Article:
Spark Therapeutics has been working closely with physicians in the United States and other countries around the world to help provide access to genetic screening for people with IRDs. Similar efforts are underway or in development across South America and Europe. It is estimated that more than 2 million people live with IRDs globally, but only a small percentage of them have been genetically screened due to limited access to and information about genetic testing.
"We are proud to launch this important national initiative for people with IRDs to support the medical community's adoption of precise genetically based diagnoses," said Jeffrey D. Marrazzo, chief executive officer of Spark Therapeutics. "As a leader in the development of investigational gene therapies for IRDs, we have a responsibility to help provide patients, caregivers and health care professionals with access to the genetic information they need to make the most informed decisions about their care."
Spark Therapeutics is coordinating with two other independent companies to offer this service. PreventionGenetics, a Clinical Laboratory Improvement Amendments (CLIA)- and International Organization for Standardization (ISO) 15189-accredited laboratory with one of the largest, most comprehensive DNA test menus of any lab in the United States, will conduct the tests using either blood or saliva samples collected through a testing kit provided to participating clinicians. lnformedDNA, the nation's largest independent provider network of genetics specialists, will provide genetic counseling services to patients, caregivers and health care professionals through the process, and will help discuss the interpretation of test results.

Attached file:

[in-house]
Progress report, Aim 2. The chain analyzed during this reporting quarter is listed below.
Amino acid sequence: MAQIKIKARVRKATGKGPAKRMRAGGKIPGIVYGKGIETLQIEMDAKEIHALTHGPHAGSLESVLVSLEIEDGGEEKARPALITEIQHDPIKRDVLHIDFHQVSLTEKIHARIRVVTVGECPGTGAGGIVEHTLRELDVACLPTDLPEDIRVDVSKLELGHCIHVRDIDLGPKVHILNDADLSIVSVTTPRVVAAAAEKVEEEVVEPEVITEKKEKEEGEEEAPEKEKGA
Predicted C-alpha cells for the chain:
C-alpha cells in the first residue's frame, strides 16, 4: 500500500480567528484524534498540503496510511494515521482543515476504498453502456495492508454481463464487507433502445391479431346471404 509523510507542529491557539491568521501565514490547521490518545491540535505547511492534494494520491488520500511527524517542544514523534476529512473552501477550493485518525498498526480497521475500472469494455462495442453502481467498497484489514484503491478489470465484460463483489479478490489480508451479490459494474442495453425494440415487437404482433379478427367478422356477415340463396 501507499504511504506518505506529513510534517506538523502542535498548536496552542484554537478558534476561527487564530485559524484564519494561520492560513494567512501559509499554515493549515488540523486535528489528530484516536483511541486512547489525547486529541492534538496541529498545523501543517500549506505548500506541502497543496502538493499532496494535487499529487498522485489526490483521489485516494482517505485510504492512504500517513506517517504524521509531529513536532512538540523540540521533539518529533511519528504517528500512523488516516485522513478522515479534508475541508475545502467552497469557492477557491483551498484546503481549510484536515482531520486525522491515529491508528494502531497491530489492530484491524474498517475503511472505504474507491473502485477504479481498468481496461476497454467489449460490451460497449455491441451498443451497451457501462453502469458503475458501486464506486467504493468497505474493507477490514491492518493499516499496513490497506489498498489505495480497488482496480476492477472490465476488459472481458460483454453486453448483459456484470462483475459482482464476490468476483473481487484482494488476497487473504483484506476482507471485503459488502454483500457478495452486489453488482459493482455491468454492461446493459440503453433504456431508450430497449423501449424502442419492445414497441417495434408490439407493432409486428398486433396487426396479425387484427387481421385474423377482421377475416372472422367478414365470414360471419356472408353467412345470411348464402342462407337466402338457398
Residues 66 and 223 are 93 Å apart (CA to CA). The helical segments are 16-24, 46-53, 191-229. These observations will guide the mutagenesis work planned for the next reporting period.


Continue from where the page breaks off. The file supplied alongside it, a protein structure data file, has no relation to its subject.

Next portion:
People living with IRDs or their family members may initiate the process of determining eligibility by talking with their health care professional about ID YOUR IRD or by visiting www.idyourird.com. The site includes a brief patient screener, complete initiative terms and conditions, and other resources. Additional disease information, including guidance to help families work with health care professionals to seek a genetic diagnosis, may be found at www.asharedvision.com. Spark Therapeutics ID YOUR IRD liaisons are also available at 1-855- SPARKTX (1-855-772-7589) to provide information.
About Inherited Retinal Diseases (IRDs)
Inherited retinal diseases (also known as inherited retinal dystrophies, or IRDs) are a group of rare eye disorders caused by various inherited gene mutations, and can result in progressive vision loss or total blindness. Common IRDs include choroideremia (CHM), amaurosis (LCA), cone-rod dystrophy (CRD), juvenile macular degeneration (JMD) and retinitis pigmentosa (RP). In total, more than 220 genes have been linked to IRDs that affect more than 2 million people globally.Leber congenital amaurosis (LCA), cone-rod dystrophy (CRD), juvenile macular degeneration (JMD) and retinitis
pigmentosa (RP). In total, more than 220 genes have been linked to IRDs that affect more than 2 million people globally.